Referring now to the enlarged section view of the attenuator in FIG. 2, the adjustment tube assembly 3 comprises an adjustment knob 14 which is press fitted into one end ofa cylindrical adjustment tube 15; a pair of Brewster angle windows 16 and I7; cylindrical spacers I8, 19 and for holding the windows in tube 15; and, a cylindrical lock nut 21. Windows 16 and 17 are each oriented to make the Brewster angle 900 with respect to the longitudinal axis A-A, to be anti-parallel, and to have parallel planes of incidence for a laser beam incident along the axis. The planes of incidence are defined as the planes formed by the axis A-A and the normals to windows 16 and 17 at the points of incidence. The windows are preferably made of the same material, have the same thickness, are made of a material having low absorption of light at the operating wavelength of the attenuator, have an index of refraction which is relatively constant as a function of wavelength over the operating wavelength band of the attenuator, and have a high index of refraction for providing maximum reflection of an incident polarized laser beam when the Brewster angle windows are rotated 90 with respect to the orientation illustrated in FIG. 2. By way of example, the windows may be made of germanium or gallium arsenide. The windows are oriented at the Brewster angle 900 with respect to the axis in order to refract all of the light in an incident laser beam which is linearly polarized parallel to the plane of incidence, i.e., in the direction represented by the arrow 22. In this instance there is no reflection of the laser beam.
The spacers 18-20 are black bodies at the operating frequency of the attenuator for absorbing light reflected by the windows. In a preferred embodiment of the attenuator, the spacers are made of anodized aluminum. Spacers l8 and 20 are formed by boring through an aluminum rod an aperture that is coaxial with the rod axis and then cutting the resulting tube at an angle 0 with respect to the tube axis. The spacer I9 is formed by boring through an aluminum rod an aperture along an axis that is parallel to but spaced from the rod axis by an amount equal to the displacement experienced by a light beam traveling through one of the windows 16 and 17. The ends of the resulting tube are then cut at the angle 0 with respect to the rod axis such that the resulting ends thereof are anti-parallel. The spacers are anodized such that they absorb light.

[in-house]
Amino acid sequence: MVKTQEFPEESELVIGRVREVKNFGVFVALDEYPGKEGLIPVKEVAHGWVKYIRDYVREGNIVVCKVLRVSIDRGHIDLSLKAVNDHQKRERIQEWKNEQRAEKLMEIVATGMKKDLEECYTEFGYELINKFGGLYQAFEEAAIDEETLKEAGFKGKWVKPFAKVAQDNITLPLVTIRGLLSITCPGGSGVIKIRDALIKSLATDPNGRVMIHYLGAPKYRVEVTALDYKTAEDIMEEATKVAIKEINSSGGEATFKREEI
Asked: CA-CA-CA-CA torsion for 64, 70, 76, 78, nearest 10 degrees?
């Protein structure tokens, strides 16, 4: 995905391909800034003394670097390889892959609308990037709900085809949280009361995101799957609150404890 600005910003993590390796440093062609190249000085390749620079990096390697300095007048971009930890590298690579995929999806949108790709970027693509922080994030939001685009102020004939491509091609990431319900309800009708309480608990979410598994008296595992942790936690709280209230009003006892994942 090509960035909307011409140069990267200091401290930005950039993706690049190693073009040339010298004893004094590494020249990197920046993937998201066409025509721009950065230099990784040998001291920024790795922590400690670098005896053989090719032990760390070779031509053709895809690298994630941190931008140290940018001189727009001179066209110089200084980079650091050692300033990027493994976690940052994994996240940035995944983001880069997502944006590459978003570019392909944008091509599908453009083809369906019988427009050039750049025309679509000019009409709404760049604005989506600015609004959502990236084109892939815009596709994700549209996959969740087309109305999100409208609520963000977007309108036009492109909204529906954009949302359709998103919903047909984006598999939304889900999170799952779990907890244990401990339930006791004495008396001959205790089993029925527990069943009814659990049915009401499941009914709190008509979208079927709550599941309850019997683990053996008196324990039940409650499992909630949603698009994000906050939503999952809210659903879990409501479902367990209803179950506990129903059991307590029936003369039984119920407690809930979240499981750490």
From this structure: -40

The adjustment tube assembly 3 is assembled by sliding 0" rings 22, 23 and 24 into the associated cylindrical recesses in the circumference of tube 15, sliding a sleeve dial 25 over the O ring 22, and press fitting knob 14 into the one end of tube 15. Elliptically shaped washers or gaskets 26 and 27 are secured lightly to the faces of windows 16 and 17, respectively, which are in turn secured to opposite ends of spacer 19. The spacers 18-20 are next inserted into the bore of tube 15 and rigidly secured there by lock nut 21 which is screwed into the threaded end 29 of tube 15. The adjustment tube assembly 3 is then inserted into tube 4 until the 0" rings 23 and 24 slip into the associated cylindrical recesses in the bore of the mounting tube. The gaskets 26 and 27 are employed to keep moisture out of the assembly and to allow for thermal expansion of the windows. The dial 25 is marked in degrees to indicate the magnitude of the rotation of assembly 3 with respect to the stationary tube 4, and thus the rotation of windows l6 and 17. The dial is preferably set so that the 0 degree marking is aligned with the reference marker 30 in FIG. 1 when the windows are oriented as shown in FIG. 2. A probe tool may be inserted in holes 32 and 33 in spacers I8 and 20 to facilitate disassembly of the attenuator.
Consider that a laser beam linearly polarized in the direction represented by arrow 22 (Le, in the plane of the paper) is incident on the attenuator along the axis. Since the light in the laser beam is polarized parallel to the planes of incidence and is incident on window 17 at the angle 0, substantially all of the light in the laser beam is refracted by window 17. More specifically, none of the incident laser light is reflected by window 17. It is all transmitted by the window, although it is displaced a distance d from the axis by transmission through window 17. Since window 16 is also oriented at the angle 0 with respect to the axis and is anti-parallel to window 17, all of the light in the laser beam is also transmitted through window 16 (i.e., there is no reflection). The laser beam is also displaced the distance d by refraction through window 16, however, which causes the output laser beam to again be coincident with the axis A. Thus, it is seen that by using two anti-parallel windows of the same material and thickness the laser beams into and from the attenuator are maintained coincident with the axis AA.